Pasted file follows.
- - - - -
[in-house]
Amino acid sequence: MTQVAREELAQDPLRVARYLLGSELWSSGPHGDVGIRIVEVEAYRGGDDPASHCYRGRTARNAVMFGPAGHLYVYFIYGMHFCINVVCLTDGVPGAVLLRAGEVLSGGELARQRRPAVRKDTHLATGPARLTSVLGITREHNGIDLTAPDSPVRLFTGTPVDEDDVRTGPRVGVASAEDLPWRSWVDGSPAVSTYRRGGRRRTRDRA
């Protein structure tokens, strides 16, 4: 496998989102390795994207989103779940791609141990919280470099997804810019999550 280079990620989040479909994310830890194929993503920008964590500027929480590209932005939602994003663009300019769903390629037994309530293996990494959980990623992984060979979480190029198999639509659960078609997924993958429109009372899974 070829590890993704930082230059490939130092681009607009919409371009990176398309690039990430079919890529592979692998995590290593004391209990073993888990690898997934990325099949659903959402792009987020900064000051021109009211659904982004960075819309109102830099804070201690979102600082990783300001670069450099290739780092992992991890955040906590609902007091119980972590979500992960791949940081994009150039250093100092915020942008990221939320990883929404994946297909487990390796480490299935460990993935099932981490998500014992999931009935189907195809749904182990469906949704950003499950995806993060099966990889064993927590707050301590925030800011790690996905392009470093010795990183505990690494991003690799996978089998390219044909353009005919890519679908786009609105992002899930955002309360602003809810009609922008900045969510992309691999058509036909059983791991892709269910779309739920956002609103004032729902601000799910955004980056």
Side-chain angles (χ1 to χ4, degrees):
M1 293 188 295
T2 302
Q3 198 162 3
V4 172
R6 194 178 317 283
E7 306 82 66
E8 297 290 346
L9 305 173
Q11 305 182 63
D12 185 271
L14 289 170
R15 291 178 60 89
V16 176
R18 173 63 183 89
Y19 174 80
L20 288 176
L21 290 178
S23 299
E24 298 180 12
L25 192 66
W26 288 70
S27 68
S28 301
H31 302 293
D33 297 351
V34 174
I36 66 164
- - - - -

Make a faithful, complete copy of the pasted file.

[in-house]
Amino acid sequence: MTQVAREELAQDPLRVARYLLGSELWSSGPHGDVGIRIVEVEAYRGGDDPASHCYRGRTARNAVMFGPAGHLYVYFIYGMHFCINVVCLTDGVPGAVLLRAGEVLSGGELARQRRPAVRKDTHLATGPARLTSVLGITREHNGIDLTAPDSPVRLFTGTPVDEDDVRTGPRVGVASAEDLPWRSWVDGSPAVSTYRRGGRRRTRDRA
């Protein structure tokens, strides 16, 4: 496998989102390795994207989103779940791609141990919280470099997804810019999550 280079990620989040479909994310830890194929993503920008964590500027929480590209932005939602994003663009300019769903390629037994309530293996990494959980990623992984060979979480190029198999639509659960078609997924993958429109009372899974 070829590890993704930082230059490939130092681009607009919409371009990176398309690039990430079919890529592979692998995590290593004391209990073993888990690898997934990325099949659903959402792009987020900064000051021109009211659904982004960075819309109102830099804070201690979102600082990783300001670069450099290739780092992992991890955040906590609902007091119980972590979500992960791949940081994009150039250093100092915020942008990221939320990883929404994946297909487990390796480490299935460990993935099932981490998500014992999931009935189907195809749904182990469906949704950003499950995806993060099966990889064993927590707050301590925030800011790690996905392009470093010795990183505990690494991003690799996978089998390219044909353009005919890519679908786009609105992002899930955002309360602003809810009609922008900045969510992309691999058509036909059983791991892709269910779309739920956002609103004032729902601000799910955004980056």
Side-chain angles (χ1 to χ4, degrees):
M1 293 188 295
T2 302
Q3 198 162 3
V4 172
R6 194 178 317 283
E7 306 82 66
E8 297 290 346
L9 305 173
Q11 305 182 63
D12 185 271
L14 289 170
R15 291 178 60 89
V16 176
R18 173 63 183 89
Y19 174 80
L20 288 176
L21 290 178
S23 299
E24 298 180 12
L25 192 66
W26 288 70
S27 68
S28 301
H31 302 293
D33 297 351
V34 174
I36 66 164